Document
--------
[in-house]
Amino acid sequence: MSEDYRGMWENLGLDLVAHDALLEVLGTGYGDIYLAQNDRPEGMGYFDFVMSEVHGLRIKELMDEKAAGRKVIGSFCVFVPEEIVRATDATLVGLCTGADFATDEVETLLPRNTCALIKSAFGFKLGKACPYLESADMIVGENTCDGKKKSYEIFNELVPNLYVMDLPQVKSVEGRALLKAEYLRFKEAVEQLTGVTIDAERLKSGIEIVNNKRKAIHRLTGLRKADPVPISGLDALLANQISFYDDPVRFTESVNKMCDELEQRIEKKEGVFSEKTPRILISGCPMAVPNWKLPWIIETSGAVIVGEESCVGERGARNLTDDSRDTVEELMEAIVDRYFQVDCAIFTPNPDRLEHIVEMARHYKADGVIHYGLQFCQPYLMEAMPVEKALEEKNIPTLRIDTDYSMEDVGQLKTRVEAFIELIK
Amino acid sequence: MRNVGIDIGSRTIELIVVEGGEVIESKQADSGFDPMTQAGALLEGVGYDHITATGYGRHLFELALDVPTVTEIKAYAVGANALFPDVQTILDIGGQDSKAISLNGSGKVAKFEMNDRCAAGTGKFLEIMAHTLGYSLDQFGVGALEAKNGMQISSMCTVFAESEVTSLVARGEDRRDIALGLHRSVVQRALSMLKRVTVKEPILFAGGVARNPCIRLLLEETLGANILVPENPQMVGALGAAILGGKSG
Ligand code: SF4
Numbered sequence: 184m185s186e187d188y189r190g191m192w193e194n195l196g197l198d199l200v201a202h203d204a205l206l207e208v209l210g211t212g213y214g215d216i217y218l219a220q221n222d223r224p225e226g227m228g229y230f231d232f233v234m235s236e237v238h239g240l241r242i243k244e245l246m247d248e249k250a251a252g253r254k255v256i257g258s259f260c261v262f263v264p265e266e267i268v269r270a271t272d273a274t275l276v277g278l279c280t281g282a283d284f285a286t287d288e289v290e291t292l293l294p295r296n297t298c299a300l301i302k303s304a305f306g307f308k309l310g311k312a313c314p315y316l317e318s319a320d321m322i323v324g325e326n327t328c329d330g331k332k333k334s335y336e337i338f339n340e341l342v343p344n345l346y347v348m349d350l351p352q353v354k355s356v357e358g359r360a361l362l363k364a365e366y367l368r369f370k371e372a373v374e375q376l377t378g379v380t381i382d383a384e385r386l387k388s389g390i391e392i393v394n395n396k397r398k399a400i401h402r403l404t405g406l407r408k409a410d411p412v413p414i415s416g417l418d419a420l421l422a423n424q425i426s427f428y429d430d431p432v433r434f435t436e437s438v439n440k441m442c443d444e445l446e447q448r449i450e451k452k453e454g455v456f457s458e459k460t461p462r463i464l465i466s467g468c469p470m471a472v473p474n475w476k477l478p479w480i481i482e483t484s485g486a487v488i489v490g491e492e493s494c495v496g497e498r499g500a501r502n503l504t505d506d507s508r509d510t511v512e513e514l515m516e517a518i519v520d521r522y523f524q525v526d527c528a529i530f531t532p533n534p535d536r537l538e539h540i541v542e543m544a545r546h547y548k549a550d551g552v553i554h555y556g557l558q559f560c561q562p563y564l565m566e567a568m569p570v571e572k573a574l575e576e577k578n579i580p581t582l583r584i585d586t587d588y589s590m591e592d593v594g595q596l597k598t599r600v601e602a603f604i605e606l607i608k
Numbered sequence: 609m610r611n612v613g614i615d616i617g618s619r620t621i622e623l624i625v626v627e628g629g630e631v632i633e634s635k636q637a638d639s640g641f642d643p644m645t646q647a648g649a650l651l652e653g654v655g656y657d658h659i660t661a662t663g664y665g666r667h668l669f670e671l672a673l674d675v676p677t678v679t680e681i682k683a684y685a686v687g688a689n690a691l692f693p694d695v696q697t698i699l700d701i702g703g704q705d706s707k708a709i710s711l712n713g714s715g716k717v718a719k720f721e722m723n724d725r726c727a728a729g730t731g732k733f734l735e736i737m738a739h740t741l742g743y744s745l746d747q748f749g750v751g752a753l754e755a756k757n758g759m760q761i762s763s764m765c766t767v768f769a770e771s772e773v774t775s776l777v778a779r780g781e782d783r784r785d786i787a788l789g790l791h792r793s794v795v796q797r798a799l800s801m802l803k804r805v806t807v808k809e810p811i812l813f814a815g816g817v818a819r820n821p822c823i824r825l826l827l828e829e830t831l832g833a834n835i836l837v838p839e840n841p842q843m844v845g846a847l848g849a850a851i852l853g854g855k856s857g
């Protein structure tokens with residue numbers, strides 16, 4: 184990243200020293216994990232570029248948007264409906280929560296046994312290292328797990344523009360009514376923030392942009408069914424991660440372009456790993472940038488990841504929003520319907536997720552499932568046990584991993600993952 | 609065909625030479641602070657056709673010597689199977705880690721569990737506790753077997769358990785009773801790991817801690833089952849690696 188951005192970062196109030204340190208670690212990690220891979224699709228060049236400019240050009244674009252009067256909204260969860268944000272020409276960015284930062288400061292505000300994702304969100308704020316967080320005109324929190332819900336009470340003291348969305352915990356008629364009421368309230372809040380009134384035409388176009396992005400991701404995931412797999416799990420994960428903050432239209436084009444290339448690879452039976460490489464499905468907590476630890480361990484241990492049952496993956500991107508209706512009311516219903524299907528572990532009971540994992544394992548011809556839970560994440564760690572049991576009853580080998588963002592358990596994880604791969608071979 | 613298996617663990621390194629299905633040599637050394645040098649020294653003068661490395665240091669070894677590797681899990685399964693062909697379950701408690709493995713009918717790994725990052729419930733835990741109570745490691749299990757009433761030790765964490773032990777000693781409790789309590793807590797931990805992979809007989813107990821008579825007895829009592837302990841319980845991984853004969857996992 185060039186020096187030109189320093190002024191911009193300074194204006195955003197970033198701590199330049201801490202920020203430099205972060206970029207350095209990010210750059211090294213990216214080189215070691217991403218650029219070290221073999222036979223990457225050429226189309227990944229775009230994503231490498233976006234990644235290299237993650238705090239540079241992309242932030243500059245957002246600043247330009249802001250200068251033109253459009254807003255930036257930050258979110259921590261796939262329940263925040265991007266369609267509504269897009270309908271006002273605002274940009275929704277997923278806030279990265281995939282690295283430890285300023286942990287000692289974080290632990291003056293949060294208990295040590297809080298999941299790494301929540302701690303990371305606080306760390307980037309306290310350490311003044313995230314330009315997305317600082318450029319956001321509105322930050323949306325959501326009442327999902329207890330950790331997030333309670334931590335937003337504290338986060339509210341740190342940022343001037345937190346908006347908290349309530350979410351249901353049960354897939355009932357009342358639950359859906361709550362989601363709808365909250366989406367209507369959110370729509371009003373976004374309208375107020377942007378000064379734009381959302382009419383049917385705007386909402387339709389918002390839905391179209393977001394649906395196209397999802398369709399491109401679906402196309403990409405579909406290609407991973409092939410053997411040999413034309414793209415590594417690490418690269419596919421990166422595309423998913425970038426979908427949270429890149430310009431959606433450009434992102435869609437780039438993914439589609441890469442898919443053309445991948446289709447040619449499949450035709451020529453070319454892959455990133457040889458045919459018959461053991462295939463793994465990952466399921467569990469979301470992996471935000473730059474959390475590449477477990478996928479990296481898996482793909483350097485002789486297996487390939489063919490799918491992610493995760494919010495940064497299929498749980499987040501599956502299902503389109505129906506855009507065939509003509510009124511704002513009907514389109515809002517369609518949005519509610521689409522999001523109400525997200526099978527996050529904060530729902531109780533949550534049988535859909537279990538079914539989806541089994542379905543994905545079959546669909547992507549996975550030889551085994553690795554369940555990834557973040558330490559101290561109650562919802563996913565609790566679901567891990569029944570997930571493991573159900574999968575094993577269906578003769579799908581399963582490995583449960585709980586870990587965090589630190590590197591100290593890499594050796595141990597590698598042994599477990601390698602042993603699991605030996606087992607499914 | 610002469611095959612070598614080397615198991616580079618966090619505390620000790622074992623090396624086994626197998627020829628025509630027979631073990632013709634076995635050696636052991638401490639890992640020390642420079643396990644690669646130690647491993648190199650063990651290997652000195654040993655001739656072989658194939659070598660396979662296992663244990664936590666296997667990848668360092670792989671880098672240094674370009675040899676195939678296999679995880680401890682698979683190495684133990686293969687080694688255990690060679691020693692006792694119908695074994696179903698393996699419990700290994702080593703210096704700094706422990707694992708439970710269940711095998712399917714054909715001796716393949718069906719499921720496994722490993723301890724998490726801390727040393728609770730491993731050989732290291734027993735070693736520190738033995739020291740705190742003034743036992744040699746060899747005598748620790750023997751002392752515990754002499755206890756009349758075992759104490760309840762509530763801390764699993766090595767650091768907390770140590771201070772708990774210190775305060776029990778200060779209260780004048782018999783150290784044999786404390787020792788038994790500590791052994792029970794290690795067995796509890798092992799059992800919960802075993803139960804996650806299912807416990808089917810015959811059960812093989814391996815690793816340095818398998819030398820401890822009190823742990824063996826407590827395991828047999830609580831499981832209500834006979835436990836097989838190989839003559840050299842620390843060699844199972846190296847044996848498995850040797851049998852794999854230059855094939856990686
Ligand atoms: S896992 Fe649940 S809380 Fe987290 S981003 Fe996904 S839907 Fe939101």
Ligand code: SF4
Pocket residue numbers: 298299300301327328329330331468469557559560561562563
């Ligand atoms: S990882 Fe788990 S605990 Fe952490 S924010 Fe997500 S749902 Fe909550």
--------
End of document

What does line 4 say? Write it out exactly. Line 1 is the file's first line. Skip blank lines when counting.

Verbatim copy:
Ligand code: SF4